It varies wildly from job to job, industry to industry.

  1. IT jobs, a contractor can hop jobs every few months without issue.
  2. IT management, 3-5 years not uncommon.
  3. Retail turnover can exceed 100% per annum, or in other words, virtually everyone quits in a years time.
  4. Blue collar jobs can run decades. A toolmaker, welder, or mechanic can work for decades with the same company. So less than 10 years could be considered unstable.
  5. Government jobs.... near zero turnover.

There is no universal rule.

  • The norm may differ between industries, but this doesn't prove anything by itself. It may be the case that changing jobs every year is a bad strategy in some industries. Or it may be the case that people in those industries happen to be less ambitious or less strategic, and in fact would benefit from changing jobs every year. We can't know which is which without looking at the underlying factors.
    – SquiddleXO
    Commented Apr 3, 2021 at 21:19
  • @SquiddleXO you're really not going to call blue collar people unambitious are you? Commented Apr 4, 2021 at 1:35
  • Please note that my comment was about industries, not class of worker. I feel like putting straw in my mouth does little to move the discussion forward.
    – SquiddleXO
    Commented Apr 7, 2021 at 18:58
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    @SquiddleXO "people in those industries happen to be less ambitious" seems fairly unambivalent Commented Apr 7, 2021 at 19:27

There's this article that I have read from CNBC that I think is useful (below). In short, 15 months is considered the minimum timeframe that you should be with a company (based on a hiring manager survey) before leaving to avoid negatively impacting your career. 18 months to be safe. Of course, there are ways around this. If you were with a previous company for long time if may offset a couple short tenure, and you may get a mulligan if it's a one time deal. (Example: Company #1: 14 months, Company #2: 6 years, Company #3: 3 months. If applying to company #4, you should be fine. Explain in the interview, you made a mistake with Company #3 and want to move to different environment to develop a long-term career.)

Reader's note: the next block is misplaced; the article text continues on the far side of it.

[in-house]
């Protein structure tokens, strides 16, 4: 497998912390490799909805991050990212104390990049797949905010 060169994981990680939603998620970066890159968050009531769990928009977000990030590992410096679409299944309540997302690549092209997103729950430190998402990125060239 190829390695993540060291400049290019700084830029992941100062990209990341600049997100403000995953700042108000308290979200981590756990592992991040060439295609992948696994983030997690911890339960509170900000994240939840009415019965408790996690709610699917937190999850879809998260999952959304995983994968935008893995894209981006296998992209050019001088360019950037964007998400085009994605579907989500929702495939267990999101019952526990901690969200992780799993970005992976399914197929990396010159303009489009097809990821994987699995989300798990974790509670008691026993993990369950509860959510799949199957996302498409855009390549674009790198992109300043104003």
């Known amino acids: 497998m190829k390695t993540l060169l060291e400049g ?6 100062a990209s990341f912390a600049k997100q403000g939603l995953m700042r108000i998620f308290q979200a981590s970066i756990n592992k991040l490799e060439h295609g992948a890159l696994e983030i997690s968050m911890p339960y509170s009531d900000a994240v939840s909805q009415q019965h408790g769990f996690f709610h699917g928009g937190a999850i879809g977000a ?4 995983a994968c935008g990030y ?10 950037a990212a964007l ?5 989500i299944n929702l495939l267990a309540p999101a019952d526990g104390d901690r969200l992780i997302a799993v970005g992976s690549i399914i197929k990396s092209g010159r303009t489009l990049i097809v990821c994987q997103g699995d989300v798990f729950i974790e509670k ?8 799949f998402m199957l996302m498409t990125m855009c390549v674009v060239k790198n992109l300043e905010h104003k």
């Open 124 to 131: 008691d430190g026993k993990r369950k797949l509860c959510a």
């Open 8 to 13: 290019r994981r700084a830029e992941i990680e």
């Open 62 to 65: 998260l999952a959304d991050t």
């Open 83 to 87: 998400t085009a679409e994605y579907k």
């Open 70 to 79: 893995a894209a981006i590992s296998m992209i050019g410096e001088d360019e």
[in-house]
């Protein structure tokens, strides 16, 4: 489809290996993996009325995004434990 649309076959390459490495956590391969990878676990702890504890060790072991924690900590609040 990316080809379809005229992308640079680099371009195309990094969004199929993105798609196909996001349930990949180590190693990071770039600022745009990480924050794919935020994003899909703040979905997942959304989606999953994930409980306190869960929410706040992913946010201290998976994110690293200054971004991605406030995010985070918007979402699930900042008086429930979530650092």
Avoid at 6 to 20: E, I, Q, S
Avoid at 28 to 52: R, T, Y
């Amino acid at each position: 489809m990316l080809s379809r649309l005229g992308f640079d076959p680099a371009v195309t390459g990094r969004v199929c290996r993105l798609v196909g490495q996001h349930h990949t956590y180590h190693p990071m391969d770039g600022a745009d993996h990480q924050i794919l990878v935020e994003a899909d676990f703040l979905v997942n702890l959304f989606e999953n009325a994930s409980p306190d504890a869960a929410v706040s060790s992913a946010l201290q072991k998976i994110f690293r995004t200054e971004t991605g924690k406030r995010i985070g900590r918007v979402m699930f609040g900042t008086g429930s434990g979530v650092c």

I think your analysis is sound. At least for software developers lol.

Like you said, too short a tenure isn't enough to make meaningful contributions.

I think the optimal time is 1-3 years. You can use your own discretion for what the optimal length of time is. You don't have to be at every job for exactly a year, after all. One job could be a year tenure, another could be a 3 year tenure, etc.

But that said, I think it's also actually good to switch it up, not just for getting promotions and raises but also just staying up-to-date with best practices and expanding your knowledge.

The way I figure it: you learn a ton in your first year at a job. You learn a lot your second year, as well, but not as much as you did in the first year, etc. Each successive year you're at a company you learn less and less. And to maximize your competitiveness as a candidate throughout your career I think it's most effective to switch it up every so often.